Rebecca Shine’s research focuses on parent and child outcomes in families of children with autism spectrum disorder (ASD). Her research will examine the factors that have an impact on the well-being of children with ASD and their parents, to gain a better understanding of how they influence each other. ASD affects children and their families in many different ways. These differences can result from factors within a child, their parents and families, or the treatments and supports they receive. As she pursues a doctoral degree in Clinical Developmental Psychology at York University, Rebecca hopes this research will lead to a better understanding of the way parents and children with ASD influence each other, improve treatment planning for children with ASD and provide better supports for families.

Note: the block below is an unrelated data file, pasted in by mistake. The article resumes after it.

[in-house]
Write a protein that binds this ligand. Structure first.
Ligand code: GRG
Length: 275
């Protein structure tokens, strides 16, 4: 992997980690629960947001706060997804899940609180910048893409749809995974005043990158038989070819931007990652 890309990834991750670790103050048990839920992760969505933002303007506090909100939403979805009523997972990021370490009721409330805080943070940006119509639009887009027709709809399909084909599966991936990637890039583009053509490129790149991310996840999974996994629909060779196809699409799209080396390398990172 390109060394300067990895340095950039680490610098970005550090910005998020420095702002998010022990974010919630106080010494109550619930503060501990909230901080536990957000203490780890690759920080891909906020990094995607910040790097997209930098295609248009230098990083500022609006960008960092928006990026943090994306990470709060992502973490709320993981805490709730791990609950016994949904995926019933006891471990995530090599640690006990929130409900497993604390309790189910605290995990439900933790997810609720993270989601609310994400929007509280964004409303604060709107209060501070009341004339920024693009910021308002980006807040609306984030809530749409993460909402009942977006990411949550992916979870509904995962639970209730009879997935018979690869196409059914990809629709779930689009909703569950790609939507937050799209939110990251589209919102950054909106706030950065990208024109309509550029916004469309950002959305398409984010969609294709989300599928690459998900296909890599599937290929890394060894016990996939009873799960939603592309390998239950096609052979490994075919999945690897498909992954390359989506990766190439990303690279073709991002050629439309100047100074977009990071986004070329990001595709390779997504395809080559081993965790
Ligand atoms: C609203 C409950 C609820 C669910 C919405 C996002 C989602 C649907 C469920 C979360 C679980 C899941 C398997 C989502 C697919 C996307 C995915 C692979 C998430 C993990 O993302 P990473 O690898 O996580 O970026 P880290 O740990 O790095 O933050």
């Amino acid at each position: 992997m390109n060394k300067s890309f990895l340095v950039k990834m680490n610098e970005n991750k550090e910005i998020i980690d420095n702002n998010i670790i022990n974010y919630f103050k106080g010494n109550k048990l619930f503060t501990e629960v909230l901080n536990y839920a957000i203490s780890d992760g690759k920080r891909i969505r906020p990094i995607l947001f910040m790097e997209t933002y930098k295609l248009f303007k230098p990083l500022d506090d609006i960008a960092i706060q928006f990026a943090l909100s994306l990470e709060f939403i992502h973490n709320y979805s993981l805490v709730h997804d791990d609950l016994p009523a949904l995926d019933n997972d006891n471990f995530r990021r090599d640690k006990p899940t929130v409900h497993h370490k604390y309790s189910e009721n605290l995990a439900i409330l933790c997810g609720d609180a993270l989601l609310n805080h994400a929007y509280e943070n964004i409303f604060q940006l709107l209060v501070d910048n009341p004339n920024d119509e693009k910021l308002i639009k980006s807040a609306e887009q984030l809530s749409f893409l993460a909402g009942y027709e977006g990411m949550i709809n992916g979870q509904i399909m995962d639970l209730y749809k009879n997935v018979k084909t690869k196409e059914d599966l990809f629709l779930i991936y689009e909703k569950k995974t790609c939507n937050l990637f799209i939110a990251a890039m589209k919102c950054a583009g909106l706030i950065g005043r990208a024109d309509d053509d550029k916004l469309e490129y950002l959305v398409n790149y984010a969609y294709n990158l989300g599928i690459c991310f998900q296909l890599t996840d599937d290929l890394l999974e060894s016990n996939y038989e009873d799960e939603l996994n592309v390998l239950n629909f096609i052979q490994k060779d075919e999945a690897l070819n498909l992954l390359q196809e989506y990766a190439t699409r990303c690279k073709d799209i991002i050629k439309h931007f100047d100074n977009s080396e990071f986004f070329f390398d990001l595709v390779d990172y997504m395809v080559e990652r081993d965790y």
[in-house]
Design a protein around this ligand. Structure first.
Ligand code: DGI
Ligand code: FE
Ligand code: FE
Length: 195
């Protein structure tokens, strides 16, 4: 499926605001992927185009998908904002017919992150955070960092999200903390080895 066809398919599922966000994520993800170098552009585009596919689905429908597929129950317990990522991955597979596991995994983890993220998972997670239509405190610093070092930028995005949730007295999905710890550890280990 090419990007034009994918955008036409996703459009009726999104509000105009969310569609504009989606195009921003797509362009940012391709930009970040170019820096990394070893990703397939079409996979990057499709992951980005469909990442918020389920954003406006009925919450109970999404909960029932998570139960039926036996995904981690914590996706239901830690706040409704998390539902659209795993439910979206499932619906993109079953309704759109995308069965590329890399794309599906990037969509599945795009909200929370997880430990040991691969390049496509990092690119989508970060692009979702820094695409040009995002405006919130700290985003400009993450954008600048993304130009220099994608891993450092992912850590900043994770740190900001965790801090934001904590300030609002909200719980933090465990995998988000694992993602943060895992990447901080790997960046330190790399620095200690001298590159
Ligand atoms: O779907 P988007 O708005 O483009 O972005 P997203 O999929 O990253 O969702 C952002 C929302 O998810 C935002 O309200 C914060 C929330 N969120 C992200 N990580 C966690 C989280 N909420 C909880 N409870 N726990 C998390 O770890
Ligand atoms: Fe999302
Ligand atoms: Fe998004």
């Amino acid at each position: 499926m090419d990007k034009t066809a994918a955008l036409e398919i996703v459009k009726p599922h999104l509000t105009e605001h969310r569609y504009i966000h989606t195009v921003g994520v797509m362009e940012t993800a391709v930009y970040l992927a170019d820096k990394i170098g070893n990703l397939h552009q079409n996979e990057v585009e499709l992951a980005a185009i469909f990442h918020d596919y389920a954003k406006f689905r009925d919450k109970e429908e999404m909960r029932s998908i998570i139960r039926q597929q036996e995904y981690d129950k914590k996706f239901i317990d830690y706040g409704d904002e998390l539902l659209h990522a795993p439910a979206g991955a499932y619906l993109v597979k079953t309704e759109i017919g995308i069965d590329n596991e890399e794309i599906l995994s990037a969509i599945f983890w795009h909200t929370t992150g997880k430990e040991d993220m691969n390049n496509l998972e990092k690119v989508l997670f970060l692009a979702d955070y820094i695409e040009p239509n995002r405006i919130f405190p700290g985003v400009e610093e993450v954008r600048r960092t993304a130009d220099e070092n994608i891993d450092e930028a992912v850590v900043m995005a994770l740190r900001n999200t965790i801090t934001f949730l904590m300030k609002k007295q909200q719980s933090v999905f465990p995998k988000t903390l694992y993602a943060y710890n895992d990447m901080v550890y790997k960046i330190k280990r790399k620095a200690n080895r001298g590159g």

Karen Black’s primary research involves the study of mindfulness training for children with autism spectrum disorder (ASD). Children with ASD can experience difficulties interpreting how bodily sensations connect to one’s emotions. Mindfulness-based therapy can help children to “tune in” to bodily sensations through techniques such as noticing, describing and acceptance. Since little is known about how mindfulness-based therapy contributes to change for youth with ASD, Karen hopes to study physiological changes during mindfulness practice to improve understanding of the impact mindfulness activities can have on children with ASD. Karen is completing her first year as a master’s student at York University, studying Clinical Developmental Psychology with a specialization in neuropsychology.